Furthermore, I suspect that you have come to appreciate the ways in which your dedication to co-curricular activities: arts organizations, athletics, cultural groups, student government, and other student organizations have contributed to your emotional and spiritual growth as well. Through these activities, you have learned teamwork, self-discipline, self-advocacy, the art of compromise, and the ability to work collaboratively with others.
Your academics and your organized activities are your foreground experiences. As Bennett suggests, background experiences shape you as well. Did a chance conversation form the basis of a close friendship or relationship? Did a regular chat with an EVS tech, a dining services employee, a librarian, or a member of the grounds crew give you an important insight and make you feel more at home? Did a work-study job help you discover a passion for a newfound hobby or your professional calling? Did a poster or email grab your attention and prompt you to pursue a study abroad program? Did a moment of solitude and contemplation teach you something about yourself? Years from now, you may be surprised to find that, in your memory, these background experiences make their way to the foreground, while others fade away. We cannot always anticipate, plan, and predict the moments that will shape us. What matters is that we are fully present for each of these counters, whether big or small.
Let me give you a more specific example. Last month, I attended the final session of Professor Keith Reeves’ seminar entitled The Politics of Punishment. Offered under the auspices of the Inside/Out Prison Initiative Program, this course was taught at the State Correctional Institution at Chester and comprised 12 Swarthmore students (the outside students) and 12 incarcerated students (the inside students). This course focuses on a topic of great interest to many, namely “the interplay among American electoral politics, public concerns regarding crime, and criminal justice policy.” Together the faculty and the students examine questions such as:
- Why are so many Americans either locked up behind bars or under the supervision of the criminal justice system?
- What explains the racial and class differences in criminal behavior and incarceration rates?
- What does it mean to be poor, a person of color – and in “jail” or in “prison’?
- How and why does criminal justice policy in this country have its roots in both the media culture and political campaigns?
Since the class I attended was the final session, all the students—the inside and the outside students—were asked to reflect upon their experience in the course and what they had learned. One young woman described how much she had learned about issues of inequality in our criminal justice system; another remarked that she appreciated the fact that the course didn’t merely address the problem of injustice in our criminal justice system; it also allowed students the opportunity to research and propose reforms to the system in such areas as after-school youth programs and resources for transitioning incarcerated persons back into their communities.
So a number of the students spoke about what they had learned from the content of the course. But the majority reflected upon the personal and emotional impact the class had had upon them. A couple mentioned that during the past semester they had undergone health issues or a personal loss. The class was a lifeline for them; they looked forward to their developing relationships with the professor and with each other during a period of grief and suffering. One said that the class taught him how to be vulnerable with other people; another said that it gave him back his humanity.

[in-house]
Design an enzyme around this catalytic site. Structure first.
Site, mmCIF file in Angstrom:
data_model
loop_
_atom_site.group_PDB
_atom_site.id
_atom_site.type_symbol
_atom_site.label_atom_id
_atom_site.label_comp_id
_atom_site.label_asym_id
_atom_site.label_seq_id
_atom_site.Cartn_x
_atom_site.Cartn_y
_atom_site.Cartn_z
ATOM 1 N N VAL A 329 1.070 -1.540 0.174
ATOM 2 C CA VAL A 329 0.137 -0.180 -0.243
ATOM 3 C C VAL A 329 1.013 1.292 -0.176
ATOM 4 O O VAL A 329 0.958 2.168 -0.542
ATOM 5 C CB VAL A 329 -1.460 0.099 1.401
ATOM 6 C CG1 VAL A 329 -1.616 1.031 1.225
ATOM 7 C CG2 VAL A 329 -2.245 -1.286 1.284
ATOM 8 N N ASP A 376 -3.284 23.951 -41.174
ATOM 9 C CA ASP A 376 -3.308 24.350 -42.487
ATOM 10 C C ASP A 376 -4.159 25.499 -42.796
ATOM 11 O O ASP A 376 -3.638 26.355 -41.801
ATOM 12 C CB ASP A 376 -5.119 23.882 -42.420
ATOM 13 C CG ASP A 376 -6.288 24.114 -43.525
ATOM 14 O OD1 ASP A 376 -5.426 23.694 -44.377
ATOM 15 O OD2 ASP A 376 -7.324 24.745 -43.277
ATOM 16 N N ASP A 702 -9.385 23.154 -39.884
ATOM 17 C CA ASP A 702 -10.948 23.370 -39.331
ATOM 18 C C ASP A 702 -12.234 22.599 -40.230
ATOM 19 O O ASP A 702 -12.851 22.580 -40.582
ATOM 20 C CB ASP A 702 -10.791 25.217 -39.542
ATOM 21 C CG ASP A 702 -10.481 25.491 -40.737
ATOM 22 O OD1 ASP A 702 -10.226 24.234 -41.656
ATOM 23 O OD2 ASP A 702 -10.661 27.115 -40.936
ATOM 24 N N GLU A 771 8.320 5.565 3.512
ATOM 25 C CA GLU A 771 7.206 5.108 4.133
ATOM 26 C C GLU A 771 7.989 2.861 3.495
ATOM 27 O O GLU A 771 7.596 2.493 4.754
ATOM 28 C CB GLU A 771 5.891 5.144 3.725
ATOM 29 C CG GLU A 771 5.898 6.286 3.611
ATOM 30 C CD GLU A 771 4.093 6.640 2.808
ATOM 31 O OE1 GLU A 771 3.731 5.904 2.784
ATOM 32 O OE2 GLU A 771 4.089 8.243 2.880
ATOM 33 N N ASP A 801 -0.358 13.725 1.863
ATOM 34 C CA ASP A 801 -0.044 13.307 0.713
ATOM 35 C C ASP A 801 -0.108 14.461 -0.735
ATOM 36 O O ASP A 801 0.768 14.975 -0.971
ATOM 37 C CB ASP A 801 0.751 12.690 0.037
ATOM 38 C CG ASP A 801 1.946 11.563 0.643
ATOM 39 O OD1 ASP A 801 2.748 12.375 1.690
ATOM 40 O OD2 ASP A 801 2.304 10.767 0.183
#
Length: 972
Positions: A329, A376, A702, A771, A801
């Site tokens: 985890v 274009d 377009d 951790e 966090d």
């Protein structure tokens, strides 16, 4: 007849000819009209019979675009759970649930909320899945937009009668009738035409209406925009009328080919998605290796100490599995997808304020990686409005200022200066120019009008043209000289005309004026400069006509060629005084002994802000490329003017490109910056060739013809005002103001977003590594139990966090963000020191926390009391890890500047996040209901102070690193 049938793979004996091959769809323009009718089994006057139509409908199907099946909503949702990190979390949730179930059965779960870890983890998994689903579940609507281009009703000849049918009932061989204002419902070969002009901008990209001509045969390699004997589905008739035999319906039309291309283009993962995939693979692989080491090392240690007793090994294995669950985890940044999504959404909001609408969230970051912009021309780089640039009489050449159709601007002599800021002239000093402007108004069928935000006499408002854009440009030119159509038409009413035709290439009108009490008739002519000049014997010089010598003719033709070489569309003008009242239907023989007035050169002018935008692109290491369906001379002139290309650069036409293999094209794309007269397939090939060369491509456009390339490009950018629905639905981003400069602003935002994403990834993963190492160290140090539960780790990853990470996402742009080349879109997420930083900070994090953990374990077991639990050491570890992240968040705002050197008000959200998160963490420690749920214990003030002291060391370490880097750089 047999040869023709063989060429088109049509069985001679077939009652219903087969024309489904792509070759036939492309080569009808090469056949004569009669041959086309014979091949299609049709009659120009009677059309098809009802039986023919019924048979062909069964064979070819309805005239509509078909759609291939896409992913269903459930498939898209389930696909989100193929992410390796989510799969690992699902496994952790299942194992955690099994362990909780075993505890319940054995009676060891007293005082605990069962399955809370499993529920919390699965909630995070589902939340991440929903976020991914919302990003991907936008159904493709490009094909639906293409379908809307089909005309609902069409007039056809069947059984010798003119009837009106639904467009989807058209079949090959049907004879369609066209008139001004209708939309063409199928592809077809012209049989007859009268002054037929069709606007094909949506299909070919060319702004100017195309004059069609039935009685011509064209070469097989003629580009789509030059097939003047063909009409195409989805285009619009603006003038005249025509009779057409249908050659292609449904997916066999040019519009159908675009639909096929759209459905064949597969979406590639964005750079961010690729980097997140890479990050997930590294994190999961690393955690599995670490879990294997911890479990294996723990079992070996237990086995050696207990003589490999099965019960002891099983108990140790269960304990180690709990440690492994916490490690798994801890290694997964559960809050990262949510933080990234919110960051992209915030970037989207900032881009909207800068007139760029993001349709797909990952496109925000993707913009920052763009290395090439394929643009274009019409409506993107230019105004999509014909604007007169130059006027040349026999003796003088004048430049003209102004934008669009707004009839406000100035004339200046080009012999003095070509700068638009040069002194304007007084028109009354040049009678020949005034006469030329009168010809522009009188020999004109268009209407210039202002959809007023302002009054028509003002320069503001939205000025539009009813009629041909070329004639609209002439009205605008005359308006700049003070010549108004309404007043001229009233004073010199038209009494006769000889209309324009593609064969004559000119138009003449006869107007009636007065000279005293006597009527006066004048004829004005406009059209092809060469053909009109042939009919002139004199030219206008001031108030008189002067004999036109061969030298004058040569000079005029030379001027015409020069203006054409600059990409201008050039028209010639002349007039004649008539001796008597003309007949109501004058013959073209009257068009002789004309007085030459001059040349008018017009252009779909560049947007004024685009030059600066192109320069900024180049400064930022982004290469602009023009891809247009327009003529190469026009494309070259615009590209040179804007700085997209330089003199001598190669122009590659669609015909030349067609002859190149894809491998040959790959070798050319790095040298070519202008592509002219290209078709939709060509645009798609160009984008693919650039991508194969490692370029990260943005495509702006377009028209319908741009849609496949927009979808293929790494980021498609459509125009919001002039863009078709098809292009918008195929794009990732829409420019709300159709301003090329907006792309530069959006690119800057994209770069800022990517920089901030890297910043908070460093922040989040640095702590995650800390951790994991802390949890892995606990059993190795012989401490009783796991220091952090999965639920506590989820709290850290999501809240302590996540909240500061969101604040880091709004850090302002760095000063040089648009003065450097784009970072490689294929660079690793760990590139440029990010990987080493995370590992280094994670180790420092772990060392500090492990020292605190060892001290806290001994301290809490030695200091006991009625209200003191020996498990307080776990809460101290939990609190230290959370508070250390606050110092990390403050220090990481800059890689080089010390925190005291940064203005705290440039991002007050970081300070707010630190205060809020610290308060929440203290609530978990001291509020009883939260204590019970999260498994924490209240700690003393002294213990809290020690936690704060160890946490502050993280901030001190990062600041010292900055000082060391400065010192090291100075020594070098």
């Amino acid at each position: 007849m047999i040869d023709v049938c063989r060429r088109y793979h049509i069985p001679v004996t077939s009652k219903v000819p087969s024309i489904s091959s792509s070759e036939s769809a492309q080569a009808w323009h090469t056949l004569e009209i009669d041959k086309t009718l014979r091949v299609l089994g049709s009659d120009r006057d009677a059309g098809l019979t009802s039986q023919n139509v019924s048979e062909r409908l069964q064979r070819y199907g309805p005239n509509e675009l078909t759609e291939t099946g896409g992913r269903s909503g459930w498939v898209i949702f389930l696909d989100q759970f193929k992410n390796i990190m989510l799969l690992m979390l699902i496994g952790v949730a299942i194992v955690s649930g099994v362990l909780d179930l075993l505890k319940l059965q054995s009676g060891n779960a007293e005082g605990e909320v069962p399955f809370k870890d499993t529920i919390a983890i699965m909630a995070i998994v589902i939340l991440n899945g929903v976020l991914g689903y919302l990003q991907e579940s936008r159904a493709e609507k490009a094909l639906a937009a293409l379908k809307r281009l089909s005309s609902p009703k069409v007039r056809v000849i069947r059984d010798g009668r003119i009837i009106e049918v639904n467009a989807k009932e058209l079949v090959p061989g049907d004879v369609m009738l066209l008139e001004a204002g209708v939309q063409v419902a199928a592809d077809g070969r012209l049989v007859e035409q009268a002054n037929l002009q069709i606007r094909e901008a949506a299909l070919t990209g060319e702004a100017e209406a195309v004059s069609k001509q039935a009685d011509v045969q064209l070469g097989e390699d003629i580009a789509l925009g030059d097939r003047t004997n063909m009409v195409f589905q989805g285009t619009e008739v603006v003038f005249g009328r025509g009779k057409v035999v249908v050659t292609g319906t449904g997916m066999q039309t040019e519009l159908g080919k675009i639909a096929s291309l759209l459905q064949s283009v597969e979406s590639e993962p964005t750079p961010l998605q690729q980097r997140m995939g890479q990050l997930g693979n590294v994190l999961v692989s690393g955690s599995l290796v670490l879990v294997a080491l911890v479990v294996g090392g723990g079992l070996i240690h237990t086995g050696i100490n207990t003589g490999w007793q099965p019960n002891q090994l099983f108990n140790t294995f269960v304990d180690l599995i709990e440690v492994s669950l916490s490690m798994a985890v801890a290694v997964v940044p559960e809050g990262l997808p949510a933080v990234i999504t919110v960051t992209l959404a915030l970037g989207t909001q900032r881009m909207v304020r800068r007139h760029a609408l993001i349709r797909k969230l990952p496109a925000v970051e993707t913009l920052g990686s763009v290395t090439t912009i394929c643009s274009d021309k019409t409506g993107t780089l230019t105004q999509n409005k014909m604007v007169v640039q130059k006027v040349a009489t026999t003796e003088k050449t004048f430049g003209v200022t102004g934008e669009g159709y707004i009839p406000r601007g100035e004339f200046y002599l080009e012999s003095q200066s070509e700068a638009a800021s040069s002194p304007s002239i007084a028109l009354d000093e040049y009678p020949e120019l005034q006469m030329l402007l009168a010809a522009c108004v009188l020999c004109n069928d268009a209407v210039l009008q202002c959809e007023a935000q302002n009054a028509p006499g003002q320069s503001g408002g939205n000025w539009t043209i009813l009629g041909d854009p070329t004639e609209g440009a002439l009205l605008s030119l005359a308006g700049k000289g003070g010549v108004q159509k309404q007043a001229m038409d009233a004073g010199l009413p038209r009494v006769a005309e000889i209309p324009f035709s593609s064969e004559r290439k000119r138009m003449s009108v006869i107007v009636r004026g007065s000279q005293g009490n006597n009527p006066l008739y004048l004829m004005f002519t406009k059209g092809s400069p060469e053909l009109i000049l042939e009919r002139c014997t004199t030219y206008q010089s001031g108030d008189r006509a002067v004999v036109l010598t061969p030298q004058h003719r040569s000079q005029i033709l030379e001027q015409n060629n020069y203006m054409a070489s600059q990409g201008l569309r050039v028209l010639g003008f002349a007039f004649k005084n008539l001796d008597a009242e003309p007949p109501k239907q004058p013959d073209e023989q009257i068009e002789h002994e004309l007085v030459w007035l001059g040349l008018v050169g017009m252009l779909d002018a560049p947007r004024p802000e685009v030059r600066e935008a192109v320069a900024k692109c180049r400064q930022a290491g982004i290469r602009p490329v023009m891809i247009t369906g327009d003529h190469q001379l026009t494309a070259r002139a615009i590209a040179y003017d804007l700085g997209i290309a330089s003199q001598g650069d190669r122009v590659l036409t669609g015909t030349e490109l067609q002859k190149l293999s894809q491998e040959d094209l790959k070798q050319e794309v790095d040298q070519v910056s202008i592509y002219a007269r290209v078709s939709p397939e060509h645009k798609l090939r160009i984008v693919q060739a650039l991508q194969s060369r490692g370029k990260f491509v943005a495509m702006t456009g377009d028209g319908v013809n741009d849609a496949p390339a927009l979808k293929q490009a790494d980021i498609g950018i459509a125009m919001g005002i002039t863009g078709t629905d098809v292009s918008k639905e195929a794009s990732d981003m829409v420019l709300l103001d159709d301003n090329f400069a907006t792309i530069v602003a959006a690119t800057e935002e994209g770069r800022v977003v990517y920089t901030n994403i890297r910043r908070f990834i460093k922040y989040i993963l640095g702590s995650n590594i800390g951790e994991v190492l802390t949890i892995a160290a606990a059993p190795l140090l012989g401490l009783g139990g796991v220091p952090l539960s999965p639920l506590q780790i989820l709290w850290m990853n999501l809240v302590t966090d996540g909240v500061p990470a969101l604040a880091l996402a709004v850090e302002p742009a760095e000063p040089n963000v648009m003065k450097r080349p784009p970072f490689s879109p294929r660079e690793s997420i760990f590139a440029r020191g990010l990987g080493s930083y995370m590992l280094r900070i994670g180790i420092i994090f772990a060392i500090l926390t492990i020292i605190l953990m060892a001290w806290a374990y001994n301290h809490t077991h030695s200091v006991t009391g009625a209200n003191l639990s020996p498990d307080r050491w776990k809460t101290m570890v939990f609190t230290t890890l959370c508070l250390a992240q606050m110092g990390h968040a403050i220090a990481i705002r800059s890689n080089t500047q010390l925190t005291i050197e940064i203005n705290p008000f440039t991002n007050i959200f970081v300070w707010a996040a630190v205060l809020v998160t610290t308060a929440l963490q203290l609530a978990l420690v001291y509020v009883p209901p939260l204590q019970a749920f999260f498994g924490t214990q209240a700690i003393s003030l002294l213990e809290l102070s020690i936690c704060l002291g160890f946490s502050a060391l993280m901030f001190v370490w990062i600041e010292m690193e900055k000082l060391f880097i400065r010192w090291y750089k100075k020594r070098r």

I was especially struck by a comment that one Swarthmore student made. She said that in an environment that is as intellectually demanding as Swarthmore is, and where students are encouraged to be rigorous critical thinkers, it is easy to become cynical. Being in class with the incarcerated students, she realized that her cynicism is a manifestation of her privilege. Her incarcerated classmates couldn’t afford to be cynical. They needed to be hopeful. So she learned from the class the value of making space for hope in her life and in her heart. This lesson was drawn not from the syllabus and the readings -- the foreground if you will -- but from the conversations that took place week after week.
As you leave this place, take time to reflect on the ways that it has shaped you. And as you move forward into the next stage of your life, I urge you to cultivate the habits of open mindedness and openheartedness you’ve learned in our residential community. Our primary commitments – work, family, cultural, religious, and political affiliations – all have much to teach us. But the serendipitous encounters, petty annoyances, in between times, and unremarkable moments are rich with meaning as well, if we take the time to observe and reflect upon them. As the poet Rita Dove observes: “Nothing is too small. Nothing is too . . . ordinary or insignificant. Those are the things that make up the measure of our days, and they’re the things that sustain us.” This habit of mind can help us to perceive the web of connection that binds our moments to each other; it can hone our intuition; and it can cultivate our sense of compassion towards others.
Neither your education nor your association with Swarthmore College ends here. As your alma mater, we claim you as a member of this family for the rest of your life — whether you like it or! And this is not merely a kinship with your classmates, the staff who cared for you and the spaces you occupied, the professors with whom you worked. You are now part of a global, multi-generational community of people who, like you, have been shaped by this place, and have helped to shape it. And you have a connection to those who will follow you. We need you to help us find, recruit, and support the generations of students who will follow you, whether they call themselves Swarthmoreans, Swatties, Swarthmorons, or some yet-to-be-coined name!
So stay in touch with us, write often, and remember that this place will always be yours, marked BY you, just as you have been marked by it.
Class of 2016, thank you, and all best wishes to each and every one of you.